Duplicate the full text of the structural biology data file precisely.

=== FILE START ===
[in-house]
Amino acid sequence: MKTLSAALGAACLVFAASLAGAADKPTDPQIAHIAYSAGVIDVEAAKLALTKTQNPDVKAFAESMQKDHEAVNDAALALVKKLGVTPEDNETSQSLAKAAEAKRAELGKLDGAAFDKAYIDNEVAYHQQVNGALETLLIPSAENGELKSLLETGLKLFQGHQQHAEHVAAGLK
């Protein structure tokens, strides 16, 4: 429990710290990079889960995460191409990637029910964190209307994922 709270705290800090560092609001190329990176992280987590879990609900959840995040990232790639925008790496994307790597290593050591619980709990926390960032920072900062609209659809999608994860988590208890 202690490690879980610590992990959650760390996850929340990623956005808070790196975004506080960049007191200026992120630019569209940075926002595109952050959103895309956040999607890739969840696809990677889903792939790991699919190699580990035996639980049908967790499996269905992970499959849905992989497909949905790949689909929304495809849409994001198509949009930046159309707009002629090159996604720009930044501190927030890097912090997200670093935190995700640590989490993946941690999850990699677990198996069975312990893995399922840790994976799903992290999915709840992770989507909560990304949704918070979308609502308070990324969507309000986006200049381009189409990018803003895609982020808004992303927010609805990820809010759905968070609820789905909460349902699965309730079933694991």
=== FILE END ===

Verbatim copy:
[in-house]
Amino acid sequence: MKTLSAALGAACLVFAASLAGAADKPTDPQIAHIAYSAGVIDVEAAKLALTKTQNPDVKAFAESMQKDHEAVNDAALALVKKLGVTPEDNETSQSLAKAAEAKRAELGKLDGAAFDKAYIDNEVAYHQQVNGALETLLIPSAENGELKSLLETGLKLFQGHQQHAEHVAAGLK
């Protein structure tokens, strides 16, 4: 429990710290990079889960995460191409990637029910964190209307994922 709270705290800090560092609001190329990176992280987590879990609900959840995040990232790639925008790496994307790597290593050591619980709990926390960032920072900062609209659809999608994860988590208890 202690490690879980610590992990959650760390996850929340990623956005808070790196975004506080960049007191200026992120630019569209940075926002595109952050959103895309956040999607890739969840696809990677889903792939790991699919190699580990035996639980049908967790499996269905992970499959849905992989497909949905790949689909929304495809849409994001198509949009930046159309707009002629090159996604720009930044501190927030890097912090997200670093935190995700640590989490993946941690999850990699677990198996069975312990893995399922840790994976799903992290999915709840992770989507909560990304949704918070979308609502308070990324969507309000986006200049381009189409990018803003895609982020808004992303927010609805990820809010759905968070609820789905909460349902699965309730079933694991």